Seville: cultural and religious syncretism in the soul of Andalusia
In 1990 I was in Seville for a cultural and religious trip. Seville is the symbol of Andalusia and it has remained among my memories especially for the cultural and religious syncretism that you can find walking through its streets. Arabs and Christians spent some time in the city, leaving their own legacy. A material and intangible wealth, which is common heritage of mankind.
The term "syncretism" has a Greek origin. It was used by Plutarch (De frat. am., 19) to describe "Cretan coalition" – Cretans were usually one against the other – in front of a common enemy. The term was later used by Erasmo in his letter to Melanchthon (April 1519) and it became the focus of a humanistic, philosophical and teleological controversy in 1500 and 1600. At that time, "syncretism" was used to refer to different irenic and eclectic attitudes among opposed doctrines which, in some way, managed to merge and mix. From a religious point of view, the word "syncretism" is used to describe a merging of different religious concepts and ideas, or the partial contamination among religions. With the same meaning, the term "syncretism" is used in the cultural, linguistic, literary and architectonic fields.
In Seville, this syncretism can be perceived in each corner of the city. The key symbol of this syncretism is the Cathedral of Seville (Catedral de Santa Maria de la Sede de Sevilla), one of the most visited monument of the city. The Cathedral was built were there was an Almohade Mosque. When the Christians arrived in Seville, they destroyed the Mosque in 1433 and they build the Cathedral, which was completed 75 years later. Today, the Cathedral of Seville is the biggest gothic cathedral worldwide, after St. Paul Cathedral (London) and St. Peter Cathedral (Vatican, Rome).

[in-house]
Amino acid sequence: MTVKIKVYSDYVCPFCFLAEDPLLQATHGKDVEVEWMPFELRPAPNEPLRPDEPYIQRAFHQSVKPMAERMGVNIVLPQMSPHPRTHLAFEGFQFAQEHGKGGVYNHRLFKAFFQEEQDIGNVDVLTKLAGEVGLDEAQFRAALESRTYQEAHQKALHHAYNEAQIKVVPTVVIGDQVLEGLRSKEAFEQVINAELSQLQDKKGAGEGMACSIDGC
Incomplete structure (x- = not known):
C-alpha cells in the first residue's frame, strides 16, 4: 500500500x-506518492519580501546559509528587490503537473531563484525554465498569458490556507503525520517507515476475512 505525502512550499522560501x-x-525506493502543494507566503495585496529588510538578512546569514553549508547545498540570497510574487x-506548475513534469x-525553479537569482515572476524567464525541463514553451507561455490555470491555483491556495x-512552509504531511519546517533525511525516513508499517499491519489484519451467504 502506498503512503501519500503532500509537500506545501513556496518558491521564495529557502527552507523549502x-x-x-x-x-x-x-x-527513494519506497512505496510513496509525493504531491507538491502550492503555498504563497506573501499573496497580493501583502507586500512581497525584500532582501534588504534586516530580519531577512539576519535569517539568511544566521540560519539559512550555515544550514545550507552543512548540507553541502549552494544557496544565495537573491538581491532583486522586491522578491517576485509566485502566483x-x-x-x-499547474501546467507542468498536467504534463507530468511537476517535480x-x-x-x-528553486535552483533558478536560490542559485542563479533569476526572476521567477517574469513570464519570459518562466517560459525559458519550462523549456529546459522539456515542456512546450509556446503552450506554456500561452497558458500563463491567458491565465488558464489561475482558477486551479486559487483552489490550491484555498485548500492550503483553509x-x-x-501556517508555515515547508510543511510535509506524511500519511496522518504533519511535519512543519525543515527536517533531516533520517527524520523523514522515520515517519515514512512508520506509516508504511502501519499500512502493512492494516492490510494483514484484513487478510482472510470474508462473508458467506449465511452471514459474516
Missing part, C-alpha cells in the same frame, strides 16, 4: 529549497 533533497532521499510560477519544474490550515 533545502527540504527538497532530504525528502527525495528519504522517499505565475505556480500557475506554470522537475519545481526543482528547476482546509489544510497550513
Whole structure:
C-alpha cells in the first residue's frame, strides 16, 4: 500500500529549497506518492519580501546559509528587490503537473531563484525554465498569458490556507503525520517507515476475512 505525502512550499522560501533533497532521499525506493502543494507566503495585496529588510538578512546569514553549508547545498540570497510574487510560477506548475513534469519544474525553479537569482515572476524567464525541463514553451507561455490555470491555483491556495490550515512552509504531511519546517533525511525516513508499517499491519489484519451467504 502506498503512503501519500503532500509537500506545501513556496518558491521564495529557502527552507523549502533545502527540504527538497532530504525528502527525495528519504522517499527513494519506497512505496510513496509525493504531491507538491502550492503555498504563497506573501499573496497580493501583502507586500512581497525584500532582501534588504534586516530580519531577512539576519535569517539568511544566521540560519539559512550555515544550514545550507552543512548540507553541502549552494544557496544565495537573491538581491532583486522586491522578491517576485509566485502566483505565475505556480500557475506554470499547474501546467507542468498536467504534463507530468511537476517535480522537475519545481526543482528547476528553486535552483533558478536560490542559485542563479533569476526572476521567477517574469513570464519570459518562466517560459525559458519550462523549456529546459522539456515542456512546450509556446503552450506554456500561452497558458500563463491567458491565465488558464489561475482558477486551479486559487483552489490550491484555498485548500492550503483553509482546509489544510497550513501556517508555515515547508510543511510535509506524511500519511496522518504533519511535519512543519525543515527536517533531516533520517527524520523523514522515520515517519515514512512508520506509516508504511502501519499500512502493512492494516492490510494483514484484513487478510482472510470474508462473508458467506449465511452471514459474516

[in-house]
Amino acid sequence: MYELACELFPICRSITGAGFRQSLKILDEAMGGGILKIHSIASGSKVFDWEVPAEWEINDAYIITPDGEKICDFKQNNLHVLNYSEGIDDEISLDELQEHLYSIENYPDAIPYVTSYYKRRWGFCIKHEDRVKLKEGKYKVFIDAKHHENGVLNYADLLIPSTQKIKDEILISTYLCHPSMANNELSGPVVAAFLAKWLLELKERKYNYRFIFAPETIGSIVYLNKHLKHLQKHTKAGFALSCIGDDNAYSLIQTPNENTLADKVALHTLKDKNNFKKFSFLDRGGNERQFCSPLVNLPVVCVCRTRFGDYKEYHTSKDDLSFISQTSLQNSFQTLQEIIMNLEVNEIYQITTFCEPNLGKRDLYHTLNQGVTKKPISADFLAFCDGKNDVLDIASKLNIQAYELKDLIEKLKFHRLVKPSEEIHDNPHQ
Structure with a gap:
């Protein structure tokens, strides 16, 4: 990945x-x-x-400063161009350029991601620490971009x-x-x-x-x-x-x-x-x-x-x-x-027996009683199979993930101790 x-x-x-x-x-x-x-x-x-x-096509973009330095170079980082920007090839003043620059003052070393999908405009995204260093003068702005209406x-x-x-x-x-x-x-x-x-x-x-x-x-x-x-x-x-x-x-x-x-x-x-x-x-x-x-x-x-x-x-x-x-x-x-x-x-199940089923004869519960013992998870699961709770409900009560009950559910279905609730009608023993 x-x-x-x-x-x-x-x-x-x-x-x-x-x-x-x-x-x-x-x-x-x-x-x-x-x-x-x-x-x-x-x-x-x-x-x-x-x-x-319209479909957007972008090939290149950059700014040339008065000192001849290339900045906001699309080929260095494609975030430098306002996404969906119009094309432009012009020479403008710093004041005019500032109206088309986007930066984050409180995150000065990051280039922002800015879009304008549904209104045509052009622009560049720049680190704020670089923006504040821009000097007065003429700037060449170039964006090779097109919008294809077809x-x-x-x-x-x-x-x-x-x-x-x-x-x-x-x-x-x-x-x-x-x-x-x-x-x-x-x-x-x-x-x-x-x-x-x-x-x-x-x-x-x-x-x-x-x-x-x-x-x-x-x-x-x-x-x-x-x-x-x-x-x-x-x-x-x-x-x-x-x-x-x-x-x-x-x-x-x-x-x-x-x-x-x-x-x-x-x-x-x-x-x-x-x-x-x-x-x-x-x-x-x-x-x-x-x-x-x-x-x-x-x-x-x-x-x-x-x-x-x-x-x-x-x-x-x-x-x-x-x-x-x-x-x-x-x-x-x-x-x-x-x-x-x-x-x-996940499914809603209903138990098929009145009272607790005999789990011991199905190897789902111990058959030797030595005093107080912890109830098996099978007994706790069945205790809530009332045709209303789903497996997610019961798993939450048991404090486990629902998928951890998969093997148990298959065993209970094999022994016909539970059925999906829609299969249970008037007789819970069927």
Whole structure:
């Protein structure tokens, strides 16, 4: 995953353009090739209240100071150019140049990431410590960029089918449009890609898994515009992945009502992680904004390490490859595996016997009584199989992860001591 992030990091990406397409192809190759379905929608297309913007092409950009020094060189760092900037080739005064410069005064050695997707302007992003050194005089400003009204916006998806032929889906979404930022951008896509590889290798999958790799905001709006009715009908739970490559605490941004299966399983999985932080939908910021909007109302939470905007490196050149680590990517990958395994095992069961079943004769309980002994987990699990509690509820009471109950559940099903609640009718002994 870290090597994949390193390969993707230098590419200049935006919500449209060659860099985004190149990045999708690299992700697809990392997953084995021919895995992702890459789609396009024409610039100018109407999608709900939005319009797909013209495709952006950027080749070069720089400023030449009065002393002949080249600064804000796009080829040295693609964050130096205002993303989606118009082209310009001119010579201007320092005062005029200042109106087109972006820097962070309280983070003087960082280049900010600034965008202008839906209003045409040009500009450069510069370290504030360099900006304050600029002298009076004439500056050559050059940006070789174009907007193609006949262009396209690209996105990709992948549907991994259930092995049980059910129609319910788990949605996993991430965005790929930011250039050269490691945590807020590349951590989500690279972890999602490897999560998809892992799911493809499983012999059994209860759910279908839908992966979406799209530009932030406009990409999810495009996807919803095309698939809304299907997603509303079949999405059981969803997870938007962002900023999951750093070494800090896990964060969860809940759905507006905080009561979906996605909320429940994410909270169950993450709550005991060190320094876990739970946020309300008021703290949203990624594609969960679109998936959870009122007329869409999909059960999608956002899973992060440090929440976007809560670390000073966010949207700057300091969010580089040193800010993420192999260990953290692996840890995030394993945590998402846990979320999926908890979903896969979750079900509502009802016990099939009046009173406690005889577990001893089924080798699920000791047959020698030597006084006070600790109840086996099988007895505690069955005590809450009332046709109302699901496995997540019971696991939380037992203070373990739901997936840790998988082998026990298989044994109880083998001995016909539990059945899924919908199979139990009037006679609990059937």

The Cathedral of Seville is located in a monumental compound which was declared as UNESCO heritage. It hosts also Alcazar and the Archive of the Indies. Here it is the first element of religious syncretism: Alcazar. The Cathedral, in fact, lives with the former residence of caliphs (Alcazar), which later became the residence of the kings of Seville. The Arabs built Alcazar during X century. Originally, it was only a fortress, but when Seville became the capital of Taifa Reign, Alcazar was used as the residence of Almohads. When the Christians conquered the city, Alcazar became the residence of Ferdinand II and other Catholic sovereigns, such as Alfonso X and Pedro I, known as El Cruel or El Justiciero. The extraordinary beauty of Alcazar is mainly due to harmony and fusion between different styles. They key symbol of this harmony and fusion is Palacio de Don Pedro, which is located inside Alcazar. Built in 1360 during the reign of Mohammed V, Palacio de Don Pedro is the diamond point of the Arab-Iberian style and a perfect example of syncretism of both Catholic and Islamic elements, with particular reference to the inscriptions on the façade of Patio de la Monteria.
Furthermore, in addition to Alcazar, the eastern side of the Cathedral of Seville hosts another instance of cultural and religious syncretism. In fact, in that area there is Giralda and Patio de los Narajos, a Muslim courtyard. Originally, Giralda was a minaret (XII century), which was later transformed into a campanile in 1402. The campanile is 96 meters high and it is the symbol of Seville. But, most importantly, it is the symbol of the Spanish Islamic architecture thanks to its colours and decorations. Giralda is, in fact, among the world's threes Almohade minarets, along with those located in Marrakech and Rabat.